The goal of this study was to determine the prevalence of worsening renal function (WRF) among hospitalized heart failure (HF) patients, clinical predictors of WRF, and hospital outcomes associated with WRF. Impaired renal function is associated with poor outcomes among chronic HF patients. Chart reviews were performed on 1,004 consecutive patients admitted for a primary diagnosis of HF from 11 geographically diverse hospitals. Cox regression model analysis was used to identify independent predictors for WRF, defined as a rise in serum creatinine of >0.3 mg/dl (26.5 micromol/l). Bivariate analysis was used to determine associations of development of WRF with outcomes (in-hospital death, in-hospital complications, and length of stay). Among 1,004 HF patients studied, WRF developed in 27%. In the majority of cases, WRF occurred within three days of admission. History of HF or diabetes mellitus, admission creatinine > or =1.5 mg/dl (132.6 micromol/l), and systolic blood pressure >160 mm Hg were independently associated with higher risk of WRF. A point score based on these characteristics and their relative risk ratios predicted those at risk for WRF. Hospital deaths (adjusted risk ratio [ARR] 7.5; 95% confidence intervals [CI] 2.9, 19.3), complications (ARR 2.1; CI 1.5, 3.0), and length of hospitalizations >10 days (ARR 3.2, CI 2.2, 4.9) were greater among patients with WRF. Worsening renal function occurs frequently among hospitalized HF patients and is associated with significantly worse outcomes. Clinical characteristics available at hospital admission can be used to identify patients at increased risk for developing WRF.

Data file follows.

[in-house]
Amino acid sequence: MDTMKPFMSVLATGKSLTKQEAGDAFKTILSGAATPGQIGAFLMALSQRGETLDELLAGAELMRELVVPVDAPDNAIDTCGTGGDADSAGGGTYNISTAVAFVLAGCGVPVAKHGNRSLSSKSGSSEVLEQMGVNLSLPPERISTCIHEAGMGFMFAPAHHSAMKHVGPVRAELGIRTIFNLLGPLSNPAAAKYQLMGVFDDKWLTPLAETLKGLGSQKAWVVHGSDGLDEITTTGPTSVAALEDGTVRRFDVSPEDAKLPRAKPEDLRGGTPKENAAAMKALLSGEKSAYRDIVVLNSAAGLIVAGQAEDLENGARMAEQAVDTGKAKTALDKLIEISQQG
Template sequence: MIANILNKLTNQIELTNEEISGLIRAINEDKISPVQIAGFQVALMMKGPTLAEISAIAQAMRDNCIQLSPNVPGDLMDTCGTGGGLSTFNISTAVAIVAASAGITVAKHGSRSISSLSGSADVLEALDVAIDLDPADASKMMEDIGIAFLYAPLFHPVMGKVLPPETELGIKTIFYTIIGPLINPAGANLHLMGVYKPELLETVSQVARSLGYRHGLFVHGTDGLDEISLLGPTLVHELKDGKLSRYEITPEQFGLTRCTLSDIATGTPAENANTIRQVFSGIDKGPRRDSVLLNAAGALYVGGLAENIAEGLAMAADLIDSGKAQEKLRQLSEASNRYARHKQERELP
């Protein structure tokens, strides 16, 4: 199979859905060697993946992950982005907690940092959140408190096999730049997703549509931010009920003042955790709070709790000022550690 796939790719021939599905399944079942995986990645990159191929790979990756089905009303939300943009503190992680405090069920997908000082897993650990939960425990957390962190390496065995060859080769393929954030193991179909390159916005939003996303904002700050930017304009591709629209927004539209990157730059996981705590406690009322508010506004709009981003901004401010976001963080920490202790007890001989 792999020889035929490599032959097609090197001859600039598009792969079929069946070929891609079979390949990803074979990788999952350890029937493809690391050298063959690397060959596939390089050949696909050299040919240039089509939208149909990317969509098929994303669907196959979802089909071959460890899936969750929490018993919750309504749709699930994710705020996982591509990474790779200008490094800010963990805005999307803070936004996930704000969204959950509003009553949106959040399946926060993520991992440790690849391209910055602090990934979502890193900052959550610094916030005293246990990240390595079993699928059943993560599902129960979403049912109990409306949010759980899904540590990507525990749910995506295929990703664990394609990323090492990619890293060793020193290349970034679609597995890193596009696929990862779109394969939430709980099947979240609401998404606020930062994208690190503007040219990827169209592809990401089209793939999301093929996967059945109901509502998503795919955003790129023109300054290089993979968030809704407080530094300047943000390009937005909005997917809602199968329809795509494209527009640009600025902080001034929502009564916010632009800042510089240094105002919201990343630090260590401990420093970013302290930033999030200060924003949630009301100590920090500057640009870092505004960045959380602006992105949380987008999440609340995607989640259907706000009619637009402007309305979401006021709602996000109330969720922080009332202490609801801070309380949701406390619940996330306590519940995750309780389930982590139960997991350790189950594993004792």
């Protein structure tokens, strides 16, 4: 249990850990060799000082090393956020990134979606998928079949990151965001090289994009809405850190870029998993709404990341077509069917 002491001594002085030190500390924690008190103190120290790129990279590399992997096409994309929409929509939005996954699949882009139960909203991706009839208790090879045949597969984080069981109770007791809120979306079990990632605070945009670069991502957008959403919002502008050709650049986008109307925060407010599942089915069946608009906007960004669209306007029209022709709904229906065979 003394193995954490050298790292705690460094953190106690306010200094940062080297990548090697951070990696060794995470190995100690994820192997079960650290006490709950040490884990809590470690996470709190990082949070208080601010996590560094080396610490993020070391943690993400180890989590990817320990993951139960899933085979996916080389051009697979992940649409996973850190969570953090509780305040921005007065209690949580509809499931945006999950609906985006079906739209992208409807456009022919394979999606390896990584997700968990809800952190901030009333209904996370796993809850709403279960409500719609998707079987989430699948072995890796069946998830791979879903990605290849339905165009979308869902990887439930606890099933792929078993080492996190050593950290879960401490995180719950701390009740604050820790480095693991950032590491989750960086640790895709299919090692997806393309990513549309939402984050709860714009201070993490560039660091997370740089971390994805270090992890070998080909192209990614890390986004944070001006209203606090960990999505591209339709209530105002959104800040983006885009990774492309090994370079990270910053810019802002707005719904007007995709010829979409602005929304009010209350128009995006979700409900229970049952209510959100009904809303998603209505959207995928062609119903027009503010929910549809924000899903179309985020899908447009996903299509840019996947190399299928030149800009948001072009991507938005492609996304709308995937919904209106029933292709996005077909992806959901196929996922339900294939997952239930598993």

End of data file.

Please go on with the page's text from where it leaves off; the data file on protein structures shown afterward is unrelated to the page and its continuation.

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            Renal function as a predictor of outcome in a broad spectrum of patients with heart failure.